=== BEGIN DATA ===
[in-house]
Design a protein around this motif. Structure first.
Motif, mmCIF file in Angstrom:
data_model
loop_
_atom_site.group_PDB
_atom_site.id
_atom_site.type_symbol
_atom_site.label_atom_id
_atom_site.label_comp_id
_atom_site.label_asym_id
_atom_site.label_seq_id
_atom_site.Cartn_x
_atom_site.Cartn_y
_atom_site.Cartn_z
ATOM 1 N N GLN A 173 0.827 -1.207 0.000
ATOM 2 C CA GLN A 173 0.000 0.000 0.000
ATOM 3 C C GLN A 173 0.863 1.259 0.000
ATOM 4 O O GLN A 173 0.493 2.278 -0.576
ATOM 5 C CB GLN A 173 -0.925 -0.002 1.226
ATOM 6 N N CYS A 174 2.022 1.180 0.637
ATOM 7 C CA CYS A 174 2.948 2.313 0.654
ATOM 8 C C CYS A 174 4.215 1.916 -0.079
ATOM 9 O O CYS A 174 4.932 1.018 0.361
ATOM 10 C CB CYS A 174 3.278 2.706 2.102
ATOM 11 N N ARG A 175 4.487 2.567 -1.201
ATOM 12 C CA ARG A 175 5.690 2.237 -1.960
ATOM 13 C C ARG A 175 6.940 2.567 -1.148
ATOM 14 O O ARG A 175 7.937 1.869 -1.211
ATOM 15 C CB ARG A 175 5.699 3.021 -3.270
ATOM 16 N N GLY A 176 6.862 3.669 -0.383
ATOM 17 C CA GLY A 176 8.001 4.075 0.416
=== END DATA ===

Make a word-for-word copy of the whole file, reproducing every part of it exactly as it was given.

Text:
[in-house]
Design a protein around this motif. Structure first.
Motif, mmCIF file in Angstrom:
data_model
loop_
_atom_site.group_PDB
_atom_site.id
_atom_site.type_symbol
_atom_site.label_atom_id
_atom_site.label_comp_id
_atom_site.label_asym_id
_atom_site.label_seq_id
_atom_site.Cartn_x
_atom_site.Cartn_y
_atom_site.Cartn_z
ATOM 1 N N GLN A 173 0.827 -1.207 0.000
ATOM 2 C CA GLN A 173 0.000 0.000 0.000
ATOM 3 C C GLN A 173 0.863 1.259 0.000
ATOM 4 O O GLN A 173 0.493 2.278 -0.576
ATOM 5 C CB GLN A 173 -0.925 -0.002 1.226
ATOM 6 N N CYS A 174 2.022 1.180 0.637
ATOM 7 C CA CYS A 174 2.948 2.313 0.654
ATOM 8 C C CYS A 174 4.215 1.916 -0.079
ATOM 9 O O CYS A 174 4.932 1.018 0.361
ATOM 10 C CB CYS A 174 3.278 2.706 2.102
ATOM 11 N N ARG A 175 4.487 2.567 -1.201
ATOM 12 C CA ARG A 175 5.690 2.237 -1.960
ATOM 13 C C ARG A 175 6.940 2.567 -1.148
ATOM 14 O O ARG A 175 7.937 1.869 -1.211
ATOM 15 C CB ARG A 175 5.699 3.021 -3.270
ATOM 16 N N GLY A 176 6.862 3.669 -0.383
ATOM 17 C CA GLY A 176 8.001 4.075 0.416